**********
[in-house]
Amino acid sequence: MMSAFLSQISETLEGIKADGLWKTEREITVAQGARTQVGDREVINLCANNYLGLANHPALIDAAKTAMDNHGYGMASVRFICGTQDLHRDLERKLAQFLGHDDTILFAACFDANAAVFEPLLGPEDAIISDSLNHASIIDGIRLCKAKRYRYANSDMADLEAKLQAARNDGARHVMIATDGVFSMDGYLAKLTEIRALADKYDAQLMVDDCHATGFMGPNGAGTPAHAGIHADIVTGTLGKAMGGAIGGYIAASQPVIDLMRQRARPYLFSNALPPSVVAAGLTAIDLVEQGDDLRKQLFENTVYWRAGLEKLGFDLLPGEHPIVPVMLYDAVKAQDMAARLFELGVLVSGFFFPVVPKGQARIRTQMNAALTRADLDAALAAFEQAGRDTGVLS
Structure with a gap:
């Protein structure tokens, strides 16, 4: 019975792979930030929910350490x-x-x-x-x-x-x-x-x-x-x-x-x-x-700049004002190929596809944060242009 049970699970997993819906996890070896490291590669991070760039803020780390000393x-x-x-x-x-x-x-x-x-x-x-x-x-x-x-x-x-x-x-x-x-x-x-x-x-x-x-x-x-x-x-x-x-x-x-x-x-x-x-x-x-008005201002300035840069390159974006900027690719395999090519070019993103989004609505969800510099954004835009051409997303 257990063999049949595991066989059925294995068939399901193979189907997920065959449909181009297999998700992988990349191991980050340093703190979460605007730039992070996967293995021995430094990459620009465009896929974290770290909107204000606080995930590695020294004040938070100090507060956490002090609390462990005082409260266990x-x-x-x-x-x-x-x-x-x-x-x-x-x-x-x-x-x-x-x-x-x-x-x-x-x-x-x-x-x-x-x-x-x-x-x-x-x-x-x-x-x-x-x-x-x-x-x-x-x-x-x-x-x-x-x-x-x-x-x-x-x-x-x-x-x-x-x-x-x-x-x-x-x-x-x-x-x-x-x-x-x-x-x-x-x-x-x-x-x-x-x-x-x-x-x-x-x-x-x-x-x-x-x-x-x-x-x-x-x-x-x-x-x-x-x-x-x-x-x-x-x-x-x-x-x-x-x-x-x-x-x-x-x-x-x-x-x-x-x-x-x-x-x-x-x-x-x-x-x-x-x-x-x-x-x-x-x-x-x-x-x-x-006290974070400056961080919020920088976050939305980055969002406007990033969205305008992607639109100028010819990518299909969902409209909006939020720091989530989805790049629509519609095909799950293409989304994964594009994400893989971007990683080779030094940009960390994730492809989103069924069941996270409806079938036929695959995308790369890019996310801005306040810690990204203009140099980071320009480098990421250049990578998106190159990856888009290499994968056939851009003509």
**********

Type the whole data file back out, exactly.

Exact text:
[in-house]
Amino acid sequence: MMSAFLSQISETLEGIKADGLWKTEREITVAQGARTQVGDREVINLCANNYLGLANHPALIDAAKTAMDNHGYGMASVRFICGTQDLHRDLERKLAQFLGHDDTILFAACFDANAAVFEPLLGPEDAIISDSLNHASIIDGIRLCKAKRYRYANSDMADLEAKLQAARNDGARHVMIATDGVFSMDGYLAKLTEIRALADKYDAQLMVDDCHATGFMGPNGAGTPAHAGIHADIVTGTLGKAMGGAIGGYIAASQPVIDLMRQRARPYLFSNALPPSVVAAGLTAIDLVEQGDDLRKQLFENTVYWRAGLEKLGFDLLPGEHPIVPVMLYDAVKAQDMAARLFELGVLVSGFFFPVVPKGQARIRTQMNAALTRADLDAALAAFEQAGRDTGVLS
Structure with a gap:
């Protein structure tokens, strides 16, 4: 019975792979930030929910350490x-x-x-x-x-x-x-x-x-x-x-x-x-x-700049004002190929596809944060242009 049970699970997993819906996890070896490291590669991070760039803020780390000393x-x-x-x-x-x-x-x-x-x-x-x-x-x-x-x-x-x-x-x-x-x-x-x-x-x-x-x-x-x-x-x-x-x-x-x-x-x-x-x-x-008005201002300035840069390159974006900027690719395999090519070019993103989004609505969800510099954004835009051409997303 257990063999049949595991066989059925294995068939399901193979189907997920065959449909181009297999998700992988990349191991980050340093703190979460605007730039992070996967293995021995430094990459620009465009896929974290770290909107204000606080995930590695020294004040938070100090507060956490002090609390462990005082409260266990x-x-x-x-x-x-x-x-x-x-x-x-x-x-x-x-x-x-x-x-x-x-x-x-x-x-x-x-x-x-x-x-x-x-x-x-x-x-x-x-x-x-x-x-x-x-x-x-x-x-x-x-x-x-x-x-x-x-x-x-x-x-x-x-x-x-x-x-x-x-x-x-x-x-x-x-x-x-x-x-x-x-x-x-x-x-x-x-x-x-x-x-x-x-x-x-x-x-x-x-x-x-x-x-x-x-x-x-x-x-x-x-x-x-x-x-x-x-x-x-x-x-x-x-x-x-x-x-x-x-x-x-x-x-x-x-x-x-x-x-x-x-x-x-x-x-x-x-x-x-x-x-x-x-x-x-x-x-x-x-x-x-x-006290974070400056961080919020920088976050939305980055969002406007990033969205305008992607639109100028010819990518299909969902409209909006939020720091989530989805790049629509519609095909799950293409989304994964594009994400893989971007990683080779030094940009960390994730492809989103069924069941996270409806079938036929695959995308790369890019996310801005306040810690990204203009140099980071320009480098990421250049990578998106190159990856888009290499994968056939851009003509």